Crowds flock to the launch of the IPSE Manifesto: 'A Contract with the Self-Employed'

Crowds flock to the launch of the IPSE Manifesto: 'A Contract with the Self-Employed'

IPSE held a four day campaign ahead of the general election in June

Against the backdrop of London’s iconic skyline, crowds flocked to the River Thames’ South Bank for the official launch of the IPSE Manifesto, A Contract with the Self-Employed. 

The launch, adjacent to the OXO Tower, marked the beginning of a bold, striking and intensive four-day campaign in which advertising vans clad with images of IPSE’s posters were driven around London, Manchester, Leeds, Birmingham and Bristol. 

Taking in newspaper offices, co-working spaces and areas of local significance and history, IPSE’s vans set out to ensure the self-employed have a voice and a platform, from Land’s End to John o’Groats. 

IPSE’s campaign was built around prominent imagery of a goose laying a golden egg alongside a message calling on the government to “not strangle the self-employed”. 

Contributing £255 billion to the UK economy every year – enough to fund the NHS twice over – the UK’s 4.8 million self-employed are the country’s golden goose, and should not be punished with restrictive and ill-conceived policies. 

Addressing the crowd at the South Bank, IPSE CEO Chris Bryce spoke of the vital contribution the self-employed make to the economy and the pressing need for the next government to reflect and reward their unique value with fair, progressive and supportive policies. 

“The manifesto launch was a great success, and drew a lot of attention in central London,” Chris said. “But it was just the beginning of a bold and concerted campaign across the UK and a long, and hopefully fruitful, engagement with the government over the coming years. 

“We are determined to give a voice to selfemployed people right across the country and ensure the next government gives them the support and freedom they need to flourish.” 

What IPSE is calling for? 

IPSE’s 2015 manifesto, ‘Britain’s Secret Weapon’, achieved a great resonance, as a number of its policies were implemented by the government – including the appointment of a small business commissioner.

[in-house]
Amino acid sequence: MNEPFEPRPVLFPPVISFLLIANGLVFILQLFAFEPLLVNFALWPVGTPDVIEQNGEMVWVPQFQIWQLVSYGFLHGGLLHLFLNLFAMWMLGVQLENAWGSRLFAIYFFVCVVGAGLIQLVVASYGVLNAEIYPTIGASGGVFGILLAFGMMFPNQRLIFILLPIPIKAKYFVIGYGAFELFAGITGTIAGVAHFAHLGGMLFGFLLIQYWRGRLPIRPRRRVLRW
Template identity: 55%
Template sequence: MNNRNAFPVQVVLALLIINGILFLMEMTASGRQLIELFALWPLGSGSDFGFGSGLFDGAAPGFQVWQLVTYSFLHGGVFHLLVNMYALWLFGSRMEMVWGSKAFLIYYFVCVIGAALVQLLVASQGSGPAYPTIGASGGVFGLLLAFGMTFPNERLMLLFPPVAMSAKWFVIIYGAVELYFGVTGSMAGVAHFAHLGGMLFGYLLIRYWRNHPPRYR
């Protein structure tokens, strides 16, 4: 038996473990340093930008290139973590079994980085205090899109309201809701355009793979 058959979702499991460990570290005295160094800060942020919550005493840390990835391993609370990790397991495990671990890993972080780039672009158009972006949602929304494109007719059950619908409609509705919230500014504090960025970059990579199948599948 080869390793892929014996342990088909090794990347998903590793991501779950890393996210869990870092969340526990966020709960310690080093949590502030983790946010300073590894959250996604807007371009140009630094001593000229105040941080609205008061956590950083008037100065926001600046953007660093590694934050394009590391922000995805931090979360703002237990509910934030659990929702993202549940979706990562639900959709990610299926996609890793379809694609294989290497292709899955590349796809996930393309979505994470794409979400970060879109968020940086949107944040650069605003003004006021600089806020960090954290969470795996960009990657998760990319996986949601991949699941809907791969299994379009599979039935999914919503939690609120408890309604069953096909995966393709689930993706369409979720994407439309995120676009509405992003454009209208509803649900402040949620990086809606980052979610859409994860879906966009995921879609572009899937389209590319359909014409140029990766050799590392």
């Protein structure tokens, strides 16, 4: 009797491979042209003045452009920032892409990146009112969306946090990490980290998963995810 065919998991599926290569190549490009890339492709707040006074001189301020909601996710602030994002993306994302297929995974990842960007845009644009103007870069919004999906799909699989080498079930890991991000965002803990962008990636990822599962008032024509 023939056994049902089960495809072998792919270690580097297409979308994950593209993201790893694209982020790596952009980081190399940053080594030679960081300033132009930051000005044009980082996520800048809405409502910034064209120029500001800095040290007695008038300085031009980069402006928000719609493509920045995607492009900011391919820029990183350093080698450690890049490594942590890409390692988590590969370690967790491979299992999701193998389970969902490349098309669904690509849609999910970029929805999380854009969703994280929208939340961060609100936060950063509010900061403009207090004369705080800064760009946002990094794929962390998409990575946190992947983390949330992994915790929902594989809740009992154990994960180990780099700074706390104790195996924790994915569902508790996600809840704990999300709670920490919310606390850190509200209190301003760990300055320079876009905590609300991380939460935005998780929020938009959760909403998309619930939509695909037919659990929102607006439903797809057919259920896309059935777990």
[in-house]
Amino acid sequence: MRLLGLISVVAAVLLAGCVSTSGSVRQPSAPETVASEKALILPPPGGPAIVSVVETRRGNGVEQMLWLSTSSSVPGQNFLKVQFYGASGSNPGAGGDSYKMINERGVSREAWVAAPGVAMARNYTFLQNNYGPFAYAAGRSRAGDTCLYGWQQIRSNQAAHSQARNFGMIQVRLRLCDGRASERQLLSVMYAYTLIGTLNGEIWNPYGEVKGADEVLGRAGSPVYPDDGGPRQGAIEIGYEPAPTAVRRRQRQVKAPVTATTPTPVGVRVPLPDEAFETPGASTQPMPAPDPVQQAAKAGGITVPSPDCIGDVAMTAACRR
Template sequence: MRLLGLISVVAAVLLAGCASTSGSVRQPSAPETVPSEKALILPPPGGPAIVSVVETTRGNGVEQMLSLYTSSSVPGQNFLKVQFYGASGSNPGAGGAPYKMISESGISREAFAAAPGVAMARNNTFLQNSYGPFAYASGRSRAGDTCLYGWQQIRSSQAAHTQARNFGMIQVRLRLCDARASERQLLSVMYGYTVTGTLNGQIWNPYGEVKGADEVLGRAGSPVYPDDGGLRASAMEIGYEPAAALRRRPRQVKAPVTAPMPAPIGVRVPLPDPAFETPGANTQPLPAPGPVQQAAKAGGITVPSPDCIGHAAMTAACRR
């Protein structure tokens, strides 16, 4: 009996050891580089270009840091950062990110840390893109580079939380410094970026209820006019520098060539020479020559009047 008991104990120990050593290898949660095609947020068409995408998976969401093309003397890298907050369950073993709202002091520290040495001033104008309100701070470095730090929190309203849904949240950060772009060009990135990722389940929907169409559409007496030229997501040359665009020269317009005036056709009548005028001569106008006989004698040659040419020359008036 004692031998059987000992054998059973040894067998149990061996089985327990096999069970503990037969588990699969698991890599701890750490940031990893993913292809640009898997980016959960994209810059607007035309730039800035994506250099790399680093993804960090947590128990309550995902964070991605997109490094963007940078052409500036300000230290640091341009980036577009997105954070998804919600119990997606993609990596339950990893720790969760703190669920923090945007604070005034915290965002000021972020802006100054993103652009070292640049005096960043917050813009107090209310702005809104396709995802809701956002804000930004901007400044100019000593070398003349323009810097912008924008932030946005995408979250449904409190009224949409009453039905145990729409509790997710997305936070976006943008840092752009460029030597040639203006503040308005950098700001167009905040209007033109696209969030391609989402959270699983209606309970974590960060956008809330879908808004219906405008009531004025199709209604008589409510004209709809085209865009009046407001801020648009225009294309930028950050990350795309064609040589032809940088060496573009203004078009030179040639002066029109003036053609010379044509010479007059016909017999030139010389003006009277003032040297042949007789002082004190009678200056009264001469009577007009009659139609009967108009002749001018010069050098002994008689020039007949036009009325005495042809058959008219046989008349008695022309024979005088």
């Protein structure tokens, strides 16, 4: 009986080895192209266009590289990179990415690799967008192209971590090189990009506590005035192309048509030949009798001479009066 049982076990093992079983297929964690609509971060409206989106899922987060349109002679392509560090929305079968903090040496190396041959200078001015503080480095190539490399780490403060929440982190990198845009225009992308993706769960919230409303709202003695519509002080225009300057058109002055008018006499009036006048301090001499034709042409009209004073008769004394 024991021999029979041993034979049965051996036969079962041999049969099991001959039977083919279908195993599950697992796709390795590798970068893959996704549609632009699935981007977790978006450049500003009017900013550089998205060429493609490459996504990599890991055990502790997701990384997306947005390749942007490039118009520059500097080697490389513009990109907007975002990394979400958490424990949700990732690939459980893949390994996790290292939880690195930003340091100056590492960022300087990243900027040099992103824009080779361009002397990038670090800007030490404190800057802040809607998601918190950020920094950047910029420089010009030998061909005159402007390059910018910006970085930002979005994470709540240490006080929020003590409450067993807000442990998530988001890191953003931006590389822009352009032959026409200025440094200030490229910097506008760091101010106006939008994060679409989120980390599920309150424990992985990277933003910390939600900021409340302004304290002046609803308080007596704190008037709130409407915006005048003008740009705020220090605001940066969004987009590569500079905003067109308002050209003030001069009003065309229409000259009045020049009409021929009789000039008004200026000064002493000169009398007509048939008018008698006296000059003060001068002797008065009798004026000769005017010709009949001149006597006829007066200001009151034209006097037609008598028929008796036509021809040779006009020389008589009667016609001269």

IPSE is confident its new manifesto will gain even more traction over the next five years. 

Self-employment has never been more crucial, nor higher on the government agenda. The selfemployed are the only people who can give the UK economy the flexibility and dynamism to carry it through the years of uncertainty ahead.

The IPSE manifesto is built around six themes: 

Delivering a Brexit deal that works – The selfemployed must be central to the government’s agenda in the negotiations. A fair trading deal and the free movement of skilled professionals across Europe are imperative. 

Keeping self-employment positive: The Taylor Review – There must be a statutory definition of self-employment. This definition should consider autonomy in work, control over working practices, taking on business risk and the level of independence from clients. 

A fairer, more efficient tax system – The current tax system is based on a traditional employer/ employee model that is out of touch with modern working practices. The government should conduct a strategic review of it and create a new, bespoke tax system for freelancers. It should also limit the damage done by the controversial IR35 regulation, simplify the Making Tax Digital programme, and under no circumstances raise the rate of NICs for the self-employed. 

Securing the future of the self-employed – Ensure better provisions for the self-employed, including better pension arrangements, improved access to the Lifetime ISA, fairer parental benefits and Universal Credit for new businesses. 

Preparing young people for self-employment – Including further integration of self-employment in curriculums, reforms to construction training and new tax arrangements for training. 

Creating a positive business environment – Delivering faster broadband across the country, creating a strong Small Business Commissioner and incentivising the use of work-hubs.